Objectives Evidence is growing that non-standard employment is associated with adverse health. However, little is known about the relationship between different non-standard employment arrangements and subsequent all-cause and cause-specific mortality. Using population-wide data, the present study investigated this link. Methods Data was derived from the 2001 Belgian census and a 13-year-long follow-up. The analyses comprised 1 454 033 healthy and disability-free employees aged 30-59 years at baseline. Cox regressions were fitted to analyze the mortality risks of those in non-standard employment forms (temporary agency, seasonal, fixed-term, causal work and employment program) compared to permanent employees. Results Several groups of workers in non-standard employment arrangements in 2001 exhibited a higher mortality risk relative to permanent employees during the follow-up after adjusting for socio-economic and work-related factors. This was especially the case among men. The relative mortality disadvantage was particularly elevated for male temporary agency workers. External causes of death played an important role in this association. Conclusions A mortality gradient between the core and outer periphery of the Belgian labor market has been observed. This study also shows that the excess risk of death, previously attributed to non-permanent employment as a whole, hides inequalities between specific forms of non-standard work (eg, temporary agency, seasonal, fixed-term employment).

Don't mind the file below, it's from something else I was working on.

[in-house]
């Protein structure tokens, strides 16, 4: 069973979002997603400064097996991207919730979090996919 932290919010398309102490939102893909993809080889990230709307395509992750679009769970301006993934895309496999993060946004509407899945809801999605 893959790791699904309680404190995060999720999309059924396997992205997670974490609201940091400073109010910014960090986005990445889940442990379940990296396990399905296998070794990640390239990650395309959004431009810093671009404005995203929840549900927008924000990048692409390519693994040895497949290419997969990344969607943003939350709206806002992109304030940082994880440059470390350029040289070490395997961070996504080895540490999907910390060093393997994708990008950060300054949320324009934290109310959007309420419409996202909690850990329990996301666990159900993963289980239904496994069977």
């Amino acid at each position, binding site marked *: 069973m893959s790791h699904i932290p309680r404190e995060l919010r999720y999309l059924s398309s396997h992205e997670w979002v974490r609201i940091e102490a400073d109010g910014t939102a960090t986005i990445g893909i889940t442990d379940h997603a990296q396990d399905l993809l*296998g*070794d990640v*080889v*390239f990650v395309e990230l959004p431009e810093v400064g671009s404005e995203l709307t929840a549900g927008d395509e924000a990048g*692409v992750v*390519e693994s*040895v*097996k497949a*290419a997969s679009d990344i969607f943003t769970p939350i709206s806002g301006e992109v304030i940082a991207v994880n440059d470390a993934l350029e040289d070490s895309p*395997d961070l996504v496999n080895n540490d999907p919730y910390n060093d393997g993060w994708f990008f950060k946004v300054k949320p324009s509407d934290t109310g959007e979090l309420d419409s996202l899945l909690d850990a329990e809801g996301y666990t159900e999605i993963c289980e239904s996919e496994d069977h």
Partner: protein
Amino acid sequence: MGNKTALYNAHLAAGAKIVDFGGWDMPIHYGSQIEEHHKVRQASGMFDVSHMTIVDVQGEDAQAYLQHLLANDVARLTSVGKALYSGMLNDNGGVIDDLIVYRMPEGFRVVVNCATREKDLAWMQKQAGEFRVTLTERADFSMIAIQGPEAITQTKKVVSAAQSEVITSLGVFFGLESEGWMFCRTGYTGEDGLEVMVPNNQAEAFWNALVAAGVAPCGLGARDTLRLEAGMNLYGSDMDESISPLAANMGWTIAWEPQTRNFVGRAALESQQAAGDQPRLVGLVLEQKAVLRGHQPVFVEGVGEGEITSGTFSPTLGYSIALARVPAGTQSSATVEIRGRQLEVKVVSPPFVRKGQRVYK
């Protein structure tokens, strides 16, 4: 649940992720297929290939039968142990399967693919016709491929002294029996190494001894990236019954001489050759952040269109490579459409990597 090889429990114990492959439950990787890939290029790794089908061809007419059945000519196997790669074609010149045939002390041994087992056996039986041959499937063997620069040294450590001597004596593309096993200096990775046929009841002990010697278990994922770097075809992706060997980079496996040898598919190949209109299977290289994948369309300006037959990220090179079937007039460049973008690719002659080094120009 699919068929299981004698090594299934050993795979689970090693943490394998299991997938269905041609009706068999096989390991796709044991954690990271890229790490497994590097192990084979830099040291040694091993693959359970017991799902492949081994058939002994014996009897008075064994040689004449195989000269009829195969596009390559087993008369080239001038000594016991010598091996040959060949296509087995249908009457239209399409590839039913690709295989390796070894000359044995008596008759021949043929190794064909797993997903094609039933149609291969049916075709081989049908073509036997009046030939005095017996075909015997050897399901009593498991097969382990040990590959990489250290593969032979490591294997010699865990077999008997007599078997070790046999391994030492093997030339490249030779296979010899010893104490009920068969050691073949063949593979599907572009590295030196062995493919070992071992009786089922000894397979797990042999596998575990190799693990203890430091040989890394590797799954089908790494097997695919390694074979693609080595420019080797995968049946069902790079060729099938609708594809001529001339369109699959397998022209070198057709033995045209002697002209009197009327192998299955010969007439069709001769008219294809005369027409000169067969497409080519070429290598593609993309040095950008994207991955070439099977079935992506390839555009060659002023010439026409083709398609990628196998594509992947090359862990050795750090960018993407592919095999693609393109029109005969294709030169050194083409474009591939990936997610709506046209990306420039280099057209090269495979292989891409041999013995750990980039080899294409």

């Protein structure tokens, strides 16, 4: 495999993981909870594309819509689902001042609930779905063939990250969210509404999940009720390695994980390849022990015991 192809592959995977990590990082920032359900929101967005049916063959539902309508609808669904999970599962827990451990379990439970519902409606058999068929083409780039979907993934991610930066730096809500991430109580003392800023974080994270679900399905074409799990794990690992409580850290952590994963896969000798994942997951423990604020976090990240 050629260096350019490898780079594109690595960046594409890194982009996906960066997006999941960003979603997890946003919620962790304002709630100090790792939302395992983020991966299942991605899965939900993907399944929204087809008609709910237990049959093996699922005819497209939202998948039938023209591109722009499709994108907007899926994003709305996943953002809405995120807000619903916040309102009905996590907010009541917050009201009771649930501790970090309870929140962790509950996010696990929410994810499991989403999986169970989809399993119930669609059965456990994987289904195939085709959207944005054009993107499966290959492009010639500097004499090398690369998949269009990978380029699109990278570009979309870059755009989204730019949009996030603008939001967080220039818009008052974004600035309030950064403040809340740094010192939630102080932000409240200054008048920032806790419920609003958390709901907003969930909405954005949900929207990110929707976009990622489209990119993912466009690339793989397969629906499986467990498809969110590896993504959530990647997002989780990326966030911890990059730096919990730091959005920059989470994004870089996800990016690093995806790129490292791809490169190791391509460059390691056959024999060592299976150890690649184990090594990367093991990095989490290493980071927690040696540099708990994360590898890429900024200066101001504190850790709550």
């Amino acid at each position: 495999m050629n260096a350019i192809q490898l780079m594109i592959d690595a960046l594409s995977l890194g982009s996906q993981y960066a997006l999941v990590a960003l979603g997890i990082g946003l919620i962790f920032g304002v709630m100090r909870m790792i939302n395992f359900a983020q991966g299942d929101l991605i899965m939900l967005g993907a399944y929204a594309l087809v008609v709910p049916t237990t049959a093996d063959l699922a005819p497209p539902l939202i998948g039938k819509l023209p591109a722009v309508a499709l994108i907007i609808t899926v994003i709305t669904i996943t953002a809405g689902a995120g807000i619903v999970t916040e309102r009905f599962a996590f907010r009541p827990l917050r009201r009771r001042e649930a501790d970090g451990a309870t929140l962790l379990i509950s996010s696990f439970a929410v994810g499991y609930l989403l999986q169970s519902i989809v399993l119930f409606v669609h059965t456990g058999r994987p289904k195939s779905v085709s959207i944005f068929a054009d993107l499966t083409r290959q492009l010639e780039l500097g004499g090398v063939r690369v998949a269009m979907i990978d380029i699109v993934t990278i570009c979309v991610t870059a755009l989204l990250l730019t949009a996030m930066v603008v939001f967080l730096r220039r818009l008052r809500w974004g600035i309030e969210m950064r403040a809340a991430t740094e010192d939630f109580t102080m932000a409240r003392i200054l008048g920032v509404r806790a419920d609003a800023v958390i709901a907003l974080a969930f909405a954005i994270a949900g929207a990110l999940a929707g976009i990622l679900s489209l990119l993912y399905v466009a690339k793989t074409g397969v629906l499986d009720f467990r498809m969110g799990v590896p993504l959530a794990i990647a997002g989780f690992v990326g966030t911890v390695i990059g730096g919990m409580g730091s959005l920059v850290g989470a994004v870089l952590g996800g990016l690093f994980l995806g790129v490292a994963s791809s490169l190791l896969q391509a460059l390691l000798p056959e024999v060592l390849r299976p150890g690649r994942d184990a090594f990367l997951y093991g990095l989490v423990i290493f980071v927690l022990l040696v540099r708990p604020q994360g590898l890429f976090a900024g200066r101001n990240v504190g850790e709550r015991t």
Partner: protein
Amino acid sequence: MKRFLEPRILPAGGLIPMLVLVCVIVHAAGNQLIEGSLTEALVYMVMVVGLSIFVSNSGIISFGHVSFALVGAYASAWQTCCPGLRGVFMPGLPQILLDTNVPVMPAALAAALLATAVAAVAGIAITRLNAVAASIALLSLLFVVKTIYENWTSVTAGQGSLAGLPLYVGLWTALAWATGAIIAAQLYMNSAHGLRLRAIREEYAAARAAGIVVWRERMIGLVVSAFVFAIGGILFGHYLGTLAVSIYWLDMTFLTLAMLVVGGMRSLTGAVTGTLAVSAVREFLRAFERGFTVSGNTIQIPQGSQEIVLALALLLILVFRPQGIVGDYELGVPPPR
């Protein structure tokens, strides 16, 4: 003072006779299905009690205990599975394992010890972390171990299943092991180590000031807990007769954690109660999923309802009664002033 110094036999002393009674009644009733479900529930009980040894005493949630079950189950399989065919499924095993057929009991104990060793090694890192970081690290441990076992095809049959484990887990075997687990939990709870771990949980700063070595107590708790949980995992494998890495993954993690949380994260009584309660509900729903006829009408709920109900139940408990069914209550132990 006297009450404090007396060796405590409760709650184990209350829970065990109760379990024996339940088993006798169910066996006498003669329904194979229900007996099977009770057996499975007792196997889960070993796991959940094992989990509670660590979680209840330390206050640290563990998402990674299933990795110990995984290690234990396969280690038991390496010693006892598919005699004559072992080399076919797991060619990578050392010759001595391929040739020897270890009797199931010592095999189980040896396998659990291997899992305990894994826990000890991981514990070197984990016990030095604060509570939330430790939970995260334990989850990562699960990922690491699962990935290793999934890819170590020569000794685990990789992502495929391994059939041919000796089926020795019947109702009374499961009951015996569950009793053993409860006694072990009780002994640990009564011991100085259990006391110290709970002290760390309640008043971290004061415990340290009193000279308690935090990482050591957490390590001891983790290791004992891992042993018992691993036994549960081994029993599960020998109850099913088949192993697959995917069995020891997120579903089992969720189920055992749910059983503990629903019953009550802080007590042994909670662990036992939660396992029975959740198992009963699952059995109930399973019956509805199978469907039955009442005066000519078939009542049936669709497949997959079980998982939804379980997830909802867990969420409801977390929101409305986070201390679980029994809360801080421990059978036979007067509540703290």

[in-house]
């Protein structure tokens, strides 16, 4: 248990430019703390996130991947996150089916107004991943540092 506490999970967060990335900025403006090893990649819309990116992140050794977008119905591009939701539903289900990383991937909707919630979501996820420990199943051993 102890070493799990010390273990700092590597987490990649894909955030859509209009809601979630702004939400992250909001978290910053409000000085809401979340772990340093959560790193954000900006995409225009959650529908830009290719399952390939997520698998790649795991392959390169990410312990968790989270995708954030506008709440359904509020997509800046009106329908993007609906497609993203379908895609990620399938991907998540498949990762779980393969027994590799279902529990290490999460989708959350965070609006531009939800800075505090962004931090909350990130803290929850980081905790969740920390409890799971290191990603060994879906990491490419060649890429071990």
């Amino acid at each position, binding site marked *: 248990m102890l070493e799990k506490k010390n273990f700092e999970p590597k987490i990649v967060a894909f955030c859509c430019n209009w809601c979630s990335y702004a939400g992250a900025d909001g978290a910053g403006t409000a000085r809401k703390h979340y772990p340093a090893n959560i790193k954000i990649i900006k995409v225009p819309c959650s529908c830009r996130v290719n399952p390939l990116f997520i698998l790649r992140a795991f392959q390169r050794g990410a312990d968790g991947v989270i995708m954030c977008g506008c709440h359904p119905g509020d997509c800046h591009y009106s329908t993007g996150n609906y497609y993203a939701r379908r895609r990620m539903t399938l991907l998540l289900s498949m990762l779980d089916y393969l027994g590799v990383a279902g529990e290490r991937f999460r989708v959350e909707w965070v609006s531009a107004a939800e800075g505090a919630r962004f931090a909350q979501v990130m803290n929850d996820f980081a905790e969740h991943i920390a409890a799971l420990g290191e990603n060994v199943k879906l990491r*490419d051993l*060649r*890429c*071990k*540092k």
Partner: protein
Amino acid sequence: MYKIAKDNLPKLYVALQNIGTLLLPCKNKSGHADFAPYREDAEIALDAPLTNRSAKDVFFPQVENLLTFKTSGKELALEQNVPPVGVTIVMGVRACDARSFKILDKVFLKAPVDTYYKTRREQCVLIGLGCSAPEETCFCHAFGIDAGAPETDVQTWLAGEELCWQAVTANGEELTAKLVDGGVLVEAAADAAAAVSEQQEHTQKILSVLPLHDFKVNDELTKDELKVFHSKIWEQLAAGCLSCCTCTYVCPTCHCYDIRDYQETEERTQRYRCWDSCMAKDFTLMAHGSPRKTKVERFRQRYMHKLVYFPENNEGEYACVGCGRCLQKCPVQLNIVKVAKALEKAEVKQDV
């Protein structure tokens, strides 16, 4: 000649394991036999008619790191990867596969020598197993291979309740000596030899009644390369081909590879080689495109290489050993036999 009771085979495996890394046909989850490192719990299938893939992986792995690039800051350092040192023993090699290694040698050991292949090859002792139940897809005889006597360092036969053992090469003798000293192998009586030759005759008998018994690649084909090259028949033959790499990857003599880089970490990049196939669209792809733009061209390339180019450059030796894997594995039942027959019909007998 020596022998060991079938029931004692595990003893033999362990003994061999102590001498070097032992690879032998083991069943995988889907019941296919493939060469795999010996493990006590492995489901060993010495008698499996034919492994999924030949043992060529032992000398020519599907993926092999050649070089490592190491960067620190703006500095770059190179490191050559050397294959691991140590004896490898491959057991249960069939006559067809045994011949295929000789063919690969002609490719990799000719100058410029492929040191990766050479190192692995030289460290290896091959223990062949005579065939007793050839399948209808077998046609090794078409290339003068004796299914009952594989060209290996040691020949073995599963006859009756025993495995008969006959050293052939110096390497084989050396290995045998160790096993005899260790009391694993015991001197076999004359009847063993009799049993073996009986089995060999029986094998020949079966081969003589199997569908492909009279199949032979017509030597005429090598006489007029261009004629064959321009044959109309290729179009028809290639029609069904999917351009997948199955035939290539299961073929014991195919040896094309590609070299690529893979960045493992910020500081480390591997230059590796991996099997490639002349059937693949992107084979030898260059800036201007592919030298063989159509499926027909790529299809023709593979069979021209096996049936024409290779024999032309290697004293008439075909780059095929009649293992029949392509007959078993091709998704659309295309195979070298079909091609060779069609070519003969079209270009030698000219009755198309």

|Tijdschrift||Scandinavian Journal of Work, Environment and Health|
|Nummer van het tijdschrift||2|
|Vroegere onlinedatum||4 nov 2020|
|Status||Published - 1 jan 2021|